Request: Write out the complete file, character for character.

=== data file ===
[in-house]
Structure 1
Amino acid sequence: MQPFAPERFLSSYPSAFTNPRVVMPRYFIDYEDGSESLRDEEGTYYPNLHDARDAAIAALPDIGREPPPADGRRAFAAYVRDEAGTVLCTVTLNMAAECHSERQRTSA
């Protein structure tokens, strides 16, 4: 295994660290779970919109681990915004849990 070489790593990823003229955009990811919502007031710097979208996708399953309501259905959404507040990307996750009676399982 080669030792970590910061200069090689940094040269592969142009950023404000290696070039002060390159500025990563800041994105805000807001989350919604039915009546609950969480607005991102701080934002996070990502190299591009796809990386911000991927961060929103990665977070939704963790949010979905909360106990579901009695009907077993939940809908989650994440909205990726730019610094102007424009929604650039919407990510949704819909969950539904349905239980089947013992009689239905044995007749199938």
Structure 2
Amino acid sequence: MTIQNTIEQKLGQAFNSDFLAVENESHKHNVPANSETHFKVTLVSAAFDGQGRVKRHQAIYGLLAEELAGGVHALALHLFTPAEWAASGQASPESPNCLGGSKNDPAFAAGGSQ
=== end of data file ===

[in-house]
Structure 1
Amino acid sequence: MQPFAPERFLSSYPSAFTNPRVVMPRYFIDYEDGSESLRDEEGTYYPNLHDARDAAIAALPDIGREPPPADGRRAFAAYVRDEAGTVLCTVTLNMAAECHSERQRTSA
């Protein structure tokens, strides 16, 4: 295994660290779970919109681990915004849990 070489790593990823003229955009990811919502007031710097979208996708399953309501259905959404507040990307996750009676399982 080669030792970590910061200069090689940094040269592969142009950023404000290696070039002060390159500025990563800041994105805000807001989350919604039915009546609950969480607005991102701080934002996070990502190299591009796809990386911000991927961060929103990665977070939704963790949010979905909360106990579901009695009907077993939940809908989650994440909205990726730019610094102007424009929604650039919407990510949704819909969950539904349905239980089947013992009689239905044995007749199938």
Structure 2
Amino acid sequence: MTIQNTIEQKLGQAFNSDFLAVENESHKHNVPANSETHFKVTLVSAAFDGQGRVKRHQAIYGLLAEELAGGVHALALHLFTPAEWAASGQASPESPNCLGGSKNDPAFAAGGSQ